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Wednesday, June 19, 2013
Teachers can have a huge impact on your lifePosted Friday, June 17, 2011, at 8:28 AM
While looking through a box of old pictures my mom gave me, I came across a lot more than photos -- such as pictures I had drawn and notes I had written my mom as a young child, report cards, and standardized testing scores.
I smiled -- inside and outside -- realizing my mom kept those things for all these years. I felt so special and loved that the things meant so much to her to keep them.
Then, I came across a journal written in elementary school.
I think every student leaves school having at least one teacher impact their lives. Fortunately, I had several great teachers while attending Shakamak, many of whom taught me valuable lessons -- educational and life lessons -- that continue to impact my life.
The journal helped spark the idea for this blog about influential teachers I've had over the years. So often we hear about the things teachers don't do, I thought it'd be nice to acknowledge some teachers for positive things.
The journal was written in the spring of 1988 when I was a second grader in Linda Salter's class at Shakamak Elementary School. As a class project, we were hatching chicks. The journal entries tracked the progress of the eggs and even included a birth announcement when the first chick hatched.
I was born in a family who loved reading. So many people passed their love of reading to me. Another person who taught me the importance of reading and helped feed my love for reading was Mrs. Salter. It was in her second-grade class that I first read E.B. White's Charlotte's Web.
I was thrilled this past school year when my daughter -- then second-grader -- began reading the book. That was the first of many books I have enjoyed over the years. Thank you, Mrs. Salter for helping spark my love of reading -- a love I have thoroughly enjoyed passing along to my kids.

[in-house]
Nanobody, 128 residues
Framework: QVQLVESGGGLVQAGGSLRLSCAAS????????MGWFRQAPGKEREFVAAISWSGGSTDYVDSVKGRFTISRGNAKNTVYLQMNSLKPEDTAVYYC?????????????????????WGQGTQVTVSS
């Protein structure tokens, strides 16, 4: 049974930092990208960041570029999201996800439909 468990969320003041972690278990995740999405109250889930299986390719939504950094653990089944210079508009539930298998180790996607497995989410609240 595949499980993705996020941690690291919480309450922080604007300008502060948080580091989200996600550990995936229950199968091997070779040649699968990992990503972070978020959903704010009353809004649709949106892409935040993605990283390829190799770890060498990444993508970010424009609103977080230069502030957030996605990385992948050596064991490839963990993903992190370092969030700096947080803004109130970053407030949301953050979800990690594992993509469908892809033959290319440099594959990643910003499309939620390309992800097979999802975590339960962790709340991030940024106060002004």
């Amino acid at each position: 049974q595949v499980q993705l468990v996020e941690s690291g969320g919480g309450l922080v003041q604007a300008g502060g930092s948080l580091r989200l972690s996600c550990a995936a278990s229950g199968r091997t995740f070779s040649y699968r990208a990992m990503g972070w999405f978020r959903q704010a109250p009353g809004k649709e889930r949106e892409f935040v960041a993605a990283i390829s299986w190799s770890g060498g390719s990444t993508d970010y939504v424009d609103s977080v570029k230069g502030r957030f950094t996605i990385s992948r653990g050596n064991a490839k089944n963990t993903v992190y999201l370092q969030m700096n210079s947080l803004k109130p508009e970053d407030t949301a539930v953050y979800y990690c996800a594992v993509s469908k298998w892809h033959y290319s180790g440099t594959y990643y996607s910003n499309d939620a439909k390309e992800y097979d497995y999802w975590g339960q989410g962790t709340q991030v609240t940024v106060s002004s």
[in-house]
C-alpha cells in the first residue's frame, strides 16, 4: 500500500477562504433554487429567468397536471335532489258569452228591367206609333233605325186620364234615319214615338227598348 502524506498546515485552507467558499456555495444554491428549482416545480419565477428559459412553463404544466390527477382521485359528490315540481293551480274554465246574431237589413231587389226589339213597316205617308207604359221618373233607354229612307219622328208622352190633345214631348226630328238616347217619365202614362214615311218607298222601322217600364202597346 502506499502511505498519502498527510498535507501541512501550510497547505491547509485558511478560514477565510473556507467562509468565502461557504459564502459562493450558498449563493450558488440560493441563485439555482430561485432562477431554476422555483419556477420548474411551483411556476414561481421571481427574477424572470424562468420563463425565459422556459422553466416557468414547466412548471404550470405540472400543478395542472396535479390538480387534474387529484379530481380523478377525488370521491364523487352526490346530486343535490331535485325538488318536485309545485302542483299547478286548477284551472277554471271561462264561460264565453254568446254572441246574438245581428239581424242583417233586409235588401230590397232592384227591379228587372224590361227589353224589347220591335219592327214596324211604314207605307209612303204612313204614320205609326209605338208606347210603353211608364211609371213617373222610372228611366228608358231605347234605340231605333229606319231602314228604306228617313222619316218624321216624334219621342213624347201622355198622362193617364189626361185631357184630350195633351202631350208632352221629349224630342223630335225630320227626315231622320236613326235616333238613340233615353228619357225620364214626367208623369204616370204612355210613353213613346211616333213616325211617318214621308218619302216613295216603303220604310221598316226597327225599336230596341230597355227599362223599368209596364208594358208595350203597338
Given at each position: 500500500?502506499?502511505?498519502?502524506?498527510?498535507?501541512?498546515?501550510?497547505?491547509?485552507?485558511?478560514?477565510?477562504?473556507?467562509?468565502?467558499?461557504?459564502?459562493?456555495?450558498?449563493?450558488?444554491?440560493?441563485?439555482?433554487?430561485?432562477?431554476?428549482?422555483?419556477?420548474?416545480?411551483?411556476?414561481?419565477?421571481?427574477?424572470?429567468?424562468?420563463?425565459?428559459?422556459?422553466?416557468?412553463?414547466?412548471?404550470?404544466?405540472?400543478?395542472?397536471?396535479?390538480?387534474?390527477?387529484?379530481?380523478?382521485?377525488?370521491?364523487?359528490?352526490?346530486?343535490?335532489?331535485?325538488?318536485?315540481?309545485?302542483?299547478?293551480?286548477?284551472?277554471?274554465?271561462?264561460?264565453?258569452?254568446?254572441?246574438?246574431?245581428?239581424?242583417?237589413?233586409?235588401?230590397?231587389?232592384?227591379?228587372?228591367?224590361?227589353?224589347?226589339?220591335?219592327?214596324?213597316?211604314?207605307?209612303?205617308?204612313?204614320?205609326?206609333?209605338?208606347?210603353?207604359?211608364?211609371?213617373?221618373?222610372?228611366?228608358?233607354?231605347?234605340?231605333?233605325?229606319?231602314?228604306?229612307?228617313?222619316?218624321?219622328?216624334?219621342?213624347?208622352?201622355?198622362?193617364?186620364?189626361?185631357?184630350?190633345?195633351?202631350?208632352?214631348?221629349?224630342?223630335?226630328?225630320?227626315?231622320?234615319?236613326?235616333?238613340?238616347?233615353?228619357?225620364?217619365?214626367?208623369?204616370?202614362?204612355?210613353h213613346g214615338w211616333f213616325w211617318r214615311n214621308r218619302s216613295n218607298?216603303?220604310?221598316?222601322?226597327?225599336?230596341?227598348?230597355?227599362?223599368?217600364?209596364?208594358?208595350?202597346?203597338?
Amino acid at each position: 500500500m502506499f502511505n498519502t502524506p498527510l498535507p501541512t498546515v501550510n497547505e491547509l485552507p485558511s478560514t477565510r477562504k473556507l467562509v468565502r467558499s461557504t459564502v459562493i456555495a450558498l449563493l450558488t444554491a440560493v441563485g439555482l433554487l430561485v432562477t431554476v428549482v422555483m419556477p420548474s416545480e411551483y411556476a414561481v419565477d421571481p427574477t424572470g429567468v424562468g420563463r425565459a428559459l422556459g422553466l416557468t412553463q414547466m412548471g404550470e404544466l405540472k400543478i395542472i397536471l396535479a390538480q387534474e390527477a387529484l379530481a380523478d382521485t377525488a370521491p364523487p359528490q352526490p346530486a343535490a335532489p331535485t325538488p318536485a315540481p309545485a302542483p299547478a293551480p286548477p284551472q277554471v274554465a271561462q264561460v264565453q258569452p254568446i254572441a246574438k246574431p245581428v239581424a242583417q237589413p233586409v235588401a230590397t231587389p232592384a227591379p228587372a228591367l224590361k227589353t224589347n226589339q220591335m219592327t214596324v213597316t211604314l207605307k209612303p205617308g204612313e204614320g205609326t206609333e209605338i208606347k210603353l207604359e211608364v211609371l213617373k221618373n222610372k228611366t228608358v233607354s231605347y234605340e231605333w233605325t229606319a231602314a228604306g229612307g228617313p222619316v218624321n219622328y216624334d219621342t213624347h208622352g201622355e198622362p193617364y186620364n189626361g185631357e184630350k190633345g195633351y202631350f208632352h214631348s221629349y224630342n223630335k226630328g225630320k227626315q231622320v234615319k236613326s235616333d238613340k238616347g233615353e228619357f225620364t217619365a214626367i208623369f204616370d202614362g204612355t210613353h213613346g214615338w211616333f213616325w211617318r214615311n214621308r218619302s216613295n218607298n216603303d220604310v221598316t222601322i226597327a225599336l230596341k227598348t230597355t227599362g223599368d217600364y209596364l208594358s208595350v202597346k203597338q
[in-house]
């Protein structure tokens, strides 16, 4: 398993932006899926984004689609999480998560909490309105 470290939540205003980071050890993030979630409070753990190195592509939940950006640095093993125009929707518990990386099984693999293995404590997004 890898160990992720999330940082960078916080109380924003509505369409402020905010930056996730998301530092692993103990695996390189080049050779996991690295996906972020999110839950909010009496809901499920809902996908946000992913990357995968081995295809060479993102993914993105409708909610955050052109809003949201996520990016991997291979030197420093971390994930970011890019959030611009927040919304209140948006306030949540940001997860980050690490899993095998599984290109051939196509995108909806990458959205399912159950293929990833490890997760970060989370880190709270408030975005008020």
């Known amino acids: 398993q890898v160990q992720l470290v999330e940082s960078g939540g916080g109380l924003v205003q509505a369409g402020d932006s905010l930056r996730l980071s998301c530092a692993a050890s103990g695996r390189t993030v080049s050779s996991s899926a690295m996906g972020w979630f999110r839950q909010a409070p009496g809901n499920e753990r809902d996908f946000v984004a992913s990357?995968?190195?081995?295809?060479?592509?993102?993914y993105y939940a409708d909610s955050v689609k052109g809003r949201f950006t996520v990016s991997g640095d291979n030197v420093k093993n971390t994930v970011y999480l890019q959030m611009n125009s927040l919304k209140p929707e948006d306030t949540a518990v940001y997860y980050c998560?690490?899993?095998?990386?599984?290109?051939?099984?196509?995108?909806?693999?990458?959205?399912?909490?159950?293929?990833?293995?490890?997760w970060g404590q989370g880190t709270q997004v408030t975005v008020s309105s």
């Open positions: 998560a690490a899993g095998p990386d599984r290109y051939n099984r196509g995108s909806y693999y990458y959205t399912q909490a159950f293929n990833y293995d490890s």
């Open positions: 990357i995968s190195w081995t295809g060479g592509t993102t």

Along with my love for reading, I've always had a love for writing.
Miss Donna Gorby was truly inspirational to me as a writer. I was fortunate enough to have her for English my junior and senior year and in yearbook and newspaper my senior year. While writing was one thing that came relatively easy to me, Miss Gorby always challenged me and pushed me, thus making me a better writer. While enrolled in her newspaper class, I decided I wanted to pursue a career in journalism. Because of Miss Gorby, I attended Indiana State University and obtained a bachelor's degree in journalism.
Miss Gorby kept all the writing assignments we did in her senior level English class. At the end of the year, we labeled our work with what particular type of writing it was to refer to in college. I not only referred to that folder of writing during my college days, but I also referred to it this year while helping my cousin on a high school writing assignment.
As a big project in her senior English class, we created a community as a class -- we named ours Slim Shady Acres (apparently there were a lot of Eminem fans in my class). We all created a certain landmark in the community such as a grocery store, church, or gas station. The bulk of the assignment was the creation of a character -- my character's name was Brooklyn Jones ... ironically my first born is named Brooklyn. We did in-depth character sketches and eventually wrote a story about our character, while including a couple of characters created by our classmates. At the end of the project, Miss Gorby presented everyone with a book containing all the stories written by our class. I still have that book. While reading over the stories several years ago, my husband -- a then fifth-grade teacher -- became intrigued. I gave him the basics on the project. He's since adapted it for his fifth-grade students.
While beginning my career at the then Linton Daily Citizen, I received a card from Miss Gorby. She wrote about how proud she was of me. It meant so much to me. In fact, I still have the card tucked away.
I will never be able to thank Miss Gorby enough for everything she did for me. I can without a doubt say she was one of the best teachers I ever had.
A love for science is something I've never had; however, I really enjoyed my biology class in high school with Mr. Richard Monday. While Mr. Monday's classes are notorious for being tough, they're also great at preparing students for college. Mr. Monday taught us so many things -- such as taking notes and getting used to lectures -- which proved so beneficial in college.
Plus, Mr. Monday was just an awesome teacher. He truly cared about his students as people and as students. On days when I was in a bad mood, I always left Mr. Monday's class in a good mood. He had such a special way of relating to his students.
The education world would be so much better if there were more teachers like Mrs. Salter, Miss Gorby, and Mr. Monday.
What teachers impacted your life?
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